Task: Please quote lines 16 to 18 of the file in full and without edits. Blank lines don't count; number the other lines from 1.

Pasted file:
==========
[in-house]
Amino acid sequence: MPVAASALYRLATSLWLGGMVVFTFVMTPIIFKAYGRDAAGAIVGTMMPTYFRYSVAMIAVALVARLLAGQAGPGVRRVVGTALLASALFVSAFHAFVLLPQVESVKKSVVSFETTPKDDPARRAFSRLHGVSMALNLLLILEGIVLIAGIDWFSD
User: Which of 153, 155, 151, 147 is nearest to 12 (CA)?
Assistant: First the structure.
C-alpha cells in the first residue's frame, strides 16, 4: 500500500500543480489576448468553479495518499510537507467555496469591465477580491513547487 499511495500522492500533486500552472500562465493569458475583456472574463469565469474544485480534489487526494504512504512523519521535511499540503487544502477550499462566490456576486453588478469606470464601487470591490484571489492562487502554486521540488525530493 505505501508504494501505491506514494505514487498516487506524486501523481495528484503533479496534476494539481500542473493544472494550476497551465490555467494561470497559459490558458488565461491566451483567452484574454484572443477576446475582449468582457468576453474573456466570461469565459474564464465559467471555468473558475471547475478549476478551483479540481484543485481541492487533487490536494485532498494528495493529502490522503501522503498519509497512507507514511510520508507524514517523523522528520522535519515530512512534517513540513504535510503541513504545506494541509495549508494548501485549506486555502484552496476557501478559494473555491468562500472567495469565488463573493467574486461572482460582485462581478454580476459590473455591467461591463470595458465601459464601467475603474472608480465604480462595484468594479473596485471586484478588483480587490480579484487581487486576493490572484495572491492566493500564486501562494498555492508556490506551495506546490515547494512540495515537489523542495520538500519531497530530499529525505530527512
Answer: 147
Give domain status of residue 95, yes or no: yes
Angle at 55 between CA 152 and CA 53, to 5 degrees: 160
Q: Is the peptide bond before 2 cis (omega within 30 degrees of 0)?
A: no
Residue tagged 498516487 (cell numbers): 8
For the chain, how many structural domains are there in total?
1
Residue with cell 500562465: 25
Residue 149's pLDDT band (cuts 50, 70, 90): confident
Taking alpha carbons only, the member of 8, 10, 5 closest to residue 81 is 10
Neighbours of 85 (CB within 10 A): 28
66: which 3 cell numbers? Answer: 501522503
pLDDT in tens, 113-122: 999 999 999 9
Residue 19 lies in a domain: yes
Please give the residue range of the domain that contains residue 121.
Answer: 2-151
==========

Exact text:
Taking alpha carbons only, the member of 8, 10, 5 closest to residue 81 is 10
Neighbours of 85 (CB within 10 A): 28
66: which 3 cell numbers? Answer: 501522503